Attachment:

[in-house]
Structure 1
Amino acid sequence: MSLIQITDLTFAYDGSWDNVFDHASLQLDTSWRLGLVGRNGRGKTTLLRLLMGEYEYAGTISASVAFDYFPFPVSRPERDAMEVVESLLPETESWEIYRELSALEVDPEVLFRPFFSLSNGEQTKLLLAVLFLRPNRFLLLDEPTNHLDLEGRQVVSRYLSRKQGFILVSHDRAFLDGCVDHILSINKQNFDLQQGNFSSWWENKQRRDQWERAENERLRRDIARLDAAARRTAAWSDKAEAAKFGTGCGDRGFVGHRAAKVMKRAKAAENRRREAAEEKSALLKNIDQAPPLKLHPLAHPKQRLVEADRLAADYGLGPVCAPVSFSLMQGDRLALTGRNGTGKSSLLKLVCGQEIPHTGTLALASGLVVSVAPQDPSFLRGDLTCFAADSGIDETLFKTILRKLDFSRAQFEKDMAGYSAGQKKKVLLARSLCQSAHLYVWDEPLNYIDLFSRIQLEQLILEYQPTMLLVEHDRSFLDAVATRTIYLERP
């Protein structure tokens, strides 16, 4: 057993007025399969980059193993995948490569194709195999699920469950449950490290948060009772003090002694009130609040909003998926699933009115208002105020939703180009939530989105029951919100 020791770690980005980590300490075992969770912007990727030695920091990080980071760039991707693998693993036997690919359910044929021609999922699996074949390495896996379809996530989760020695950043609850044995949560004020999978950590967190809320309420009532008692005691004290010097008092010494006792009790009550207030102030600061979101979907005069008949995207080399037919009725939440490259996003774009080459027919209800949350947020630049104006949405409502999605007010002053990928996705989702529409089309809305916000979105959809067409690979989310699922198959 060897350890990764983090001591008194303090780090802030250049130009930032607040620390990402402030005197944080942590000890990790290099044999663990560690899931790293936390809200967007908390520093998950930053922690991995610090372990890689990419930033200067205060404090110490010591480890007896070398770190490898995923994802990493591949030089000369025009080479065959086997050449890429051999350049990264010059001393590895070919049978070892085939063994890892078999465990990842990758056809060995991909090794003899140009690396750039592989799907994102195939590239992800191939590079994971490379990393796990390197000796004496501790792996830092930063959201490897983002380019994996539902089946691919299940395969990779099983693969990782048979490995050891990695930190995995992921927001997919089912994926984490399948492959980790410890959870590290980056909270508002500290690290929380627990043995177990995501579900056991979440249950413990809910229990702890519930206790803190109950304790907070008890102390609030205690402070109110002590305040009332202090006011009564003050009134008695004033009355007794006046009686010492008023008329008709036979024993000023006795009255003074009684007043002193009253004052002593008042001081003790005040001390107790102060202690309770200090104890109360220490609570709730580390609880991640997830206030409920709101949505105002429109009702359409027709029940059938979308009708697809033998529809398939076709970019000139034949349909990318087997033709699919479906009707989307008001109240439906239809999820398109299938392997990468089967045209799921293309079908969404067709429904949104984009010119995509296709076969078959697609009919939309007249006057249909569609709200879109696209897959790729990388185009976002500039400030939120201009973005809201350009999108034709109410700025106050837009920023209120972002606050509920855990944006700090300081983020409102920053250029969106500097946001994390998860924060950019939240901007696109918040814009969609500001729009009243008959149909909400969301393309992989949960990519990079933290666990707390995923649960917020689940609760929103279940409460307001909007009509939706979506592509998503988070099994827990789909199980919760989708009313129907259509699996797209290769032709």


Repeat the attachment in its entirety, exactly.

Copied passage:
[in-house]
Structure 1
Amino acid sequence: MSLIQITDLTFAYDGSWDNVFDHASLQLDTSWRLGLVGRNGRGKTTLLRLLMGEYEYAGTISASVAFDYFPFPVSRPERDAMEVVESLLPETESWEIYRELSALEVDPEVLFRPFFSLSNGEQTKLLLAVLFLRPNRFLLLDEPTNHLDLEGRQVVSRYLSRKQGFILVSHDRAFLDGCVDHILSINKQNFDLQQGNFSSWWENKQRRDQWERAENERLRRDIARLDAAARRTAAWSDKAEAAKFGTGCGDRGFVGHRAAKVMKRAKAAENRRREAAEEKSALLKNIDQAPPLKLHPLAHPKQRLVEADRLAADYGLGPVCAPVSFSLMQGDRLALTGRNGTGKSSLLKLVCGQEIPHTGTLALASGLVVSVAPQDPSFLRGDLTCFAADSGIDETLFKTILRKLDFSRAQFEKDMAGYSAGQKKKVLLARSLCQSAHLYVWDEPLNYIDLFSRIQLEQLILEYQPTMLLVEHDRSFLDAVATRTIYLERP
């Protein structure tokens, strides 16, 4: 057993007025399969980059193993995948490569194709195999699920469950449950490290948060009772003090002694009130609040909003998926699933009115208002105020939703180009939530989105029951919100 020791770690980005980590300490075992969770912007990727030695920091990080980071760039991707693998693993036997690919359910044929021609999922699996074949390495896996379809996530989760020695950043609850044995949560004020999978950590967190809320309420009532008692005691004290010097008092010494006792009790009550207030102030600061979101979907005069008949995207080399037919009725939440490259996003774009080459027919209800949350947020630049104006949405409502999605007010002053990928996705989702529409089309809305916000979105959809067409690979989310699922198959 060897350890990764983090001591008194303090780090802030250049130009930032607040620390990402402030005197944080942590000890990790290099044999663990560690899931790293936390809200967007908390520093998950930053922690991995610090372990890689990419930033200067205060404090110490010591480890007896070398770190490898995923994802990493591949030089000369025009080479065959086997050449890429051999350049990264010059001393590895070919049978070892085939063994890892078999465990990842990758056809060995991909090794003899140009690396750039592989799907994102195939590239992800191939590079994971490379990393796990390197000796004496501790792996830092930063959201490897983002380019994996539902089946691919299940395969990779099983693969990782048979490995050891990695930190995995992921927001997919089912994926984490399948492959980790410890959870590290980056909270508002500290690290929380627990043995177990995501579900056991979440249950413990809910229990702890519930206790803190109950304790907070008890102390609030205690402070109110002590305040009332202090006011009564003050009134008695004033009355007794006046009686010492008023008329008709036979024993000023006795009255003074009684007043002193009253004052002593008042001081003790005040001390107790102060202690309770200090104890109360220490609570709730580390609880991640997830206030409920709101949505105002429109009702359409027709029940059938979308009708697809033998529809398939076709970019000139034949349909990318087997033709699919479906009707989307008001109240439906239809999820398109299938392997990468089967045209799921293309079908969404067709429904949104984009010119995509296709076969078959697609009919939309007249006057249909569609709200879109696209897959790729990388185009976002500039400030939120201009973005809201350009999108034709109410700025106050837009920023209120972002606050509920855990944006700090300081983020409102920053250029969106500097946001994390998860924060950019939240901007696109918040814009969609500001729009009243008959149909909400969301393309992989949960990519990079933290666990707390995923649960917020689940609760929103279940409460307001909007009509939706979506592509998503988070099994827990789909199980919760989708009313129907259509699996797209290769032709």